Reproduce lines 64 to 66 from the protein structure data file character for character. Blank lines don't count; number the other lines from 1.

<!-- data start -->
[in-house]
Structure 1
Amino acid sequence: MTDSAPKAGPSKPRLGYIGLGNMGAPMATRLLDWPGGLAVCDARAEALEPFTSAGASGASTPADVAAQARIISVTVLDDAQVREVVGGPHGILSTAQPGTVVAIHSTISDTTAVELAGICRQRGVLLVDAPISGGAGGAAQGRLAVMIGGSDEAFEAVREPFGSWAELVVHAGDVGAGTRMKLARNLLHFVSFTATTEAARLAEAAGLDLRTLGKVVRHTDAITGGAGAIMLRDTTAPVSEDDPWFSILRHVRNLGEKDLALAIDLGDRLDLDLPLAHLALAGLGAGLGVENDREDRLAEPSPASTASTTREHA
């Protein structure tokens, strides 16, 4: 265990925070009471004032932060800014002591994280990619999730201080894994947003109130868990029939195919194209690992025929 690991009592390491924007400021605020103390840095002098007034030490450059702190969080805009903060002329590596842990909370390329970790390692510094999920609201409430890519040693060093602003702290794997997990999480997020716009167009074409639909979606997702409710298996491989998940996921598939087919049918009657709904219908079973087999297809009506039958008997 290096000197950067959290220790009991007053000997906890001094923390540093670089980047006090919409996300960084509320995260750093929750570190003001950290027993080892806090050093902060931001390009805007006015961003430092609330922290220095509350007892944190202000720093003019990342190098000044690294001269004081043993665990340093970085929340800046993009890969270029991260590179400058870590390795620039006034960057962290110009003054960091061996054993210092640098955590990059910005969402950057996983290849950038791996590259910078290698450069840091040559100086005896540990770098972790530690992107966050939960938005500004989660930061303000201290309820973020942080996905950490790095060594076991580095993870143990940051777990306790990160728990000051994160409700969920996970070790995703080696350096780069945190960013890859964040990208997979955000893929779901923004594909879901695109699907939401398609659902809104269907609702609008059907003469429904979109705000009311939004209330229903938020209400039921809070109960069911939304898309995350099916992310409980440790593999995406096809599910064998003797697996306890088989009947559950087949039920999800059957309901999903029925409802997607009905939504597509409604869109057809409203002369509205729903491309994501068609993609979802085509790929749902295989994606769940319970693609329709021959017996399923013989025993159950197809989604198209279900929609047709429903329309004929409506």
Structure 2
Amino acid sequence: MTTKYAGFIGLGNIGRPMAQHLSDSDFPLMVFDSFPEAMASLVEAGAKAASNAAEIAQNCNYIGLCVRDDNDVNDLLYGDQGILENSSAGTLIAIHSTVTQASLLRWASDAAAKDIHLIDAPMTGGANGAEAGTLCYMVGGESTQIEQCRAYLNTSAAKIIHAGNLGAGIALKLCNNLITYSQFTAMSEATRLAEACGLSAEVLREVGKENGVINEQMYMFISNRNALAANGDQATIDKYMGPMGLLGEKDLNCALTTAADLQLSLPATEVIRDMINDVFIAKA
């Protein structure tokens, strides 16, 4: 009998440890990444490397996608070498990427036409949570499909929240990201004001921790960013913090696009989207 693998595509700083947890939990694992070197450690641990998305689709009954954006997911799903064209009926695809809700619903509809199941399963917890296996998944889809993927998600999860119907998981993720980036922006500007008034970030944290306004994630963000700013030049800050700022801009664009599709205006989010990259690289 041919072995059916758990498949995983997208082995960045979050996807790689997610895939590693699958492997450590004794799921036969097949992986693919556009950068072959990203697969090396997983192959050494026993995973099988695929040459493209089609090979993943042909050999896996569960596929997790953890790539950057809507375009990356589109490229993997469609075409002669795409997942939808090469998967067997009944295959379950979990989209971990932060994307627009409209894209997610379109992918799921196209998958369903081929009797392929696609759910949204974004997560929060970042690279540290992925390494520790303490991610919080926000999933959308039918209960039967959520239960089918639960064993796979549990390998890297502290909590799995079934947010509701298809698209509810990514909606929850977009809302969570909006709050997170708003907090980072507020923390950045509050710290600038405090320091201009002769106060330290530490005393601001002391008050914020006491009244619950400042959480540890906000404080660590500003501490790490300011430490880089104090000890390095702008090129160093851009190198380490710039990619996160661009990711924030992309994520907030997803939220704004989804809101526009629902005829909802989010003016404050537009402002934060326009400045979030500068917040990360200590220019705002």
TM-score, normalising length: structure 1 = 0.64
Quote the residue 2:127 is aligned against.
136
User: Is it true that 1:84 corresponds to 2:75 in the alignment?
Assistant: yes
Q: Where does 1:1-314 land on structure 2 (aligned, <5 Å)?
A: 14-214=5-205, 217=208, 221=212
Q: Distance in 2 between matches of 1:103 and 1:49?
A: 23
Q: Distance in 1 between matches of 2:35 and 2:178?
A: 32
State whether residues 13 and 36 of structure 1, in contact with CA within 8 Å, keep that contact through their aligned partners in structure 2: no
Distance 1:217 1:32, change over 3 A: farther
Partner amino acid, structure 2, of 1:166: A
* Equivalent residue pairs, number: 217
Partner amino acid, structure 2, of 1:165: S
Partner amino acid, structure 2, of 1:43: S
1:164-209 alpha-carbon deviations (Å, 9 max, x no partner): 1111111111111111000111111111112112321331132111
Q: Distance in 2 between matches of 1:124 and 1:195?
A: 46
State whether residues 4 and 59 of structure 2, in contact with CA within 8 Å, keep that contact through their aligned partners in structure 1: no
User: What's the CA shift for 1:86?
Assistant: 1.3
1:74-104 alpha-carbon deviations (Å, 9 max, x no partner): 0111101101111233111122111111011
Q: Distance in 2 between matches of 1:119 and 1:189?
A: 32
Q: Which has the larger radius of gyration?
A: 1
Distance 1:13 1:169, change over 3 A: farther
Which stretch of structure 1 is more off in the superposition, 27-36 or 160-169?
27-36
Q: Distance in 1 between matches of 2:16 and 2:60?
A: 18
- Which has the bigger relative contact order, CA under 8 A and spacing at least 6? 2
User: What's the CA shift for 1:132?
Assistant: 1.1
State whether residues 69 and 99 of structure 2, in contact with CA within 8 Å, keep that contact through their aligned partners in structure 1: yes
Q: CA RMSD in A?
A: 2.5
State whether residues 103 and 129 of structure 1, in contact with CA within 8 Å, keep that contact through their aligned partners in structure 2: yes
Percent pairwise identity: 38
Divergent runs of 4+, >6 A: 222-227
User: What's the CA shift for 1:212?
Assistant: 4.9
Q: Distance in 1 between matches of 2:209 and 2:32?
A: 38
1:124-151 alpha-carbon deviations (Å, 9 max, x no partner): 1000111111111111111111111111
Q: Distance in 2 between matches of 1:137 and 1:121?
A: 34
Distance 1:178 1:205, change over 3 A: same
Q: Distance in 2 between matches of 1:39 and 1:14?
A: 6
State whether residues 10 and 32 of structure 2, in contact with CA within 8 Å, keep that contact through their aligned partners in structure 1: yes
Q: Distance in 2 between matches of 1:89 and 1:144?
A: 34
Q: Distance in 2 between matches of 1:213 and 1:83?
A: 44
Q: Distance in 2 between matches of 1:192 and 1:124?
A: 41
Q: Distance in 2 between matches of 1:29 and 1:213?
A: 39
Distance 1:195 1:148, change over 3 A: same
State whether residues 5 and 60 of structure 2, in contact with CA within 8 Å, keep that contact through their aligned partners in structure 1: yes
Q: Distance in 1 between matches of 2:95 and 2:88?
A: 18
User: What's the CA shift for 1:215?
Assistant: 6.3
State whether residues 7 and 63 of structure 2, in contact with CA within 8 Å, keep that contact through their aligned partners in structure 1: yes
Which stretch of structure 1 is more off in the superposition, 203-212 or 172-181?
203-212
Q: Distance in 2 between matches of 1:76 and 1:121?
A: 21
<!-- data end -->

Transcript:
A: 44
Q: Distance in 2 between matches of 1:192 and 1:124?
A: 41